The University of Rochester Medical Center study was published yesterday in the online edition of the journal Environmental Health Perspectives.
The research adds to the growing body of scientific evidence linking phthalates to health problems. The resulting regulatory and consumer fallout could eventually force food packagers to search for alternatives.
Previous scientific studies on humans have found that phthalates are associated with poor semen quality in men and subtle changes in the reproductive organs in baby boys.
This connection between phthalates and testosterone helped to establish a basis for the Univeristy of Rochester study, said Dr. Richard Stahlhut, the lead author.
The new research raises the suspicion that low-dose exposures to phthalates and other common chemicals may be reducing testosterone levels or function in men, and thereby contributing to rising obesity rates and an epidemic of related disorders, such as Type 2 diabetes, he said.
"Substantial declines in testosterone levels and sperm quality have been observed in the United States and other countries over the last several decades which and it urgently requires explanation," Stahlhut said. "While we can't say yet that phthalates are a definite cause, I am certain they are on the list of chemicals that demands careful study."
Stahlhut's research team hypothesised that phthalates might have a direct link to obesity, since low testosterone appears to cause increased belly fat and pre-diabetes in men.
They analyzed urine, blood samples and other data from the National Health and Nutrition Examination Survey (NHANES), a large, multi-ethnic, cross-section sampling of the US population.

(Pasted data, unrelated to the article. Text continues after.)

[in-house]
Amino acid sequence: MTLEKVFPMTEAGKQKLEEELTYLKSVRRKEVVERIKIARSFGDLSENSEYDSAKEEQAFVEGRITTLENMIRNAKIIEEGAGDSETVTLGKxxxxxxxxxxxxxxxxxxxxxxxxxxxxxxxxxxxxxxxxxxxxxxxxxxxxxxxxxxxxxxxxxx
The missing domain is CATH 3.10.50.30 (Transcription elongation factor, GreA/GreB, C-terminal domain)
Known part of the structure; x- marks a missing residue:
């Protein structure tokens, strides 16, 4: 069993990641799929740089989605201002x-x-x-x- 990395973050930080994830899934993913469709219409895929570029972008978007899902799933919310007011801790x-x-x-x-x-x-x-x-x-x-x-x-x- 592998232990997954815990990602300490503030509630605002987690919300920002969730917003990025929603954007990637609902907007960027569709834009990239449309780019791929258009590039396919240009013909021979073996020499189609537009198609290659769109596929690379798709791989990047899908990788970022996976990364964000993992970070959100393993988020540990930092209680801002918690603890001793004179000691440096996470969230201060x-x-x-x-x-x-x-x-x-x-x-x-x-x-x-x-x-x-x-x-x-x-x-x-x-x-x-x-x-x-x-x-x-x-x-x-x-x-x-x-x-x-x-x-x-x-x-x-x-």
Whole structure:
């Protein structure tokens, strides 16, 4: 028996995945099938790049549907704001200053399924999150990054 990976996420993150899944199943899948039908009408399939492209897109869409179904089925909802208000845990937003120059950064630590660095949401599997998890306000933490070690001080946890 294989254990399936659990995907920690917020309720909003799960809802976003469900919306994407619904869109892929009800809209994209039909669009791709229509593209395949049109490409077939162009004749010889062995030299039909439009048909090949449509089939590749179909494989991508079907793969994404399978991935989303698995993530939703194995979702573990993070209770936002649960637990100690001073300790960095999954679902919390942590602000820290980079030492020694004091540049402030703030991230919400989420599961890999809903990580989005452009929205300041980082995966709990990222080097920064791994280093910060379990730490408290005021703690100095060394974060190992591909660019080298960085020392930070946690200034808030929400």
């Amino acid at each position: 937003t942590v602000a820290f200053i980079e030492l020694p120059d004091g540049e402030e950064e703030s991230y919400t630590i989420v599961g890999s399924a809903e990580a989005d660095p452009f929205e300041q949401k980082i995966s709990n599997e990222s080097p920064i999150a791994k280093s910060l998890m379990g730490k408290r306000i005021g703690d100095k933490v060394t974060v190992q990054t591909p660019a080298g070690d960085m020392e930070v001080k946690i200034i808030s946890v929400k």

The data is acquired routinely by the Centers for Disease Control and Prevention. Researchers reviewed data from 1999 to 2002, the most recent years that phthalates levels were available.
Of the adult men studied in NHANES, data had been collected on phthalate exposures for 1,451, including obesity and waist circumference.
Of these men, data was collected on 651 who had fasting glucose and insulin levels required to calculate insulin resistance.
More than 75 percent of the United States population has measurable levels of several phthalates in their urine, according to the study.
"Unfortunately, there's still a lot to learn about phthalates," Stahlhut said. "The more difficult issue is what combinations of common low-dose chemical exposures might be contributing to these problems."
The phthalate family of chemicals is used in a variety of products from cosmetics, shampoos, soaps, lotions, lubricants, paint, pesticides, and plastics.
Phthalates are a class of compounds used most commonly as a softener for products made with polyvinyl chloride (PVC). In the food industry phthalate compounds are most commonly used for plastic packaging materials. The most commonly used phthalate is DEHP.
Food contamination occurs because of the use of PCV in wrapping materials.
The European Food Safety Authority has regularly been assessing phthalates. In 2005 the agency re-evaluate five phthalate chemical compounds used in plastic packaging, resulting in the raising, lowering or maintainence of acceptable daily intake limits.
Last year Danish-based Danisco produces the plasticiser from hardened castor oil and acetic acid. It is colourless, odorless and completely biodegradable.
The plasticiser, which is being marketed under the brand name Grinsted Soft-N-Safe, can be used for PVC food and beverage packaging without the need to modify equipment, Danisco stated.
The class of chemicals have also been a key ingredient in fragrances and in nail polish. One kind of phthalate fixes the fragrance in perfumes and lotions, shampoos, make-up, nail polish and hairsprays.
Another type is used in nail polish to help prevent chipping and breaking.
In 2005 the European Parliament banned six phthalate softeners in PVC toys and childcare articles that can be placed in children's mouths.
A previous University of Rochester study found the chemical may harm the genital development of unborn baby boys.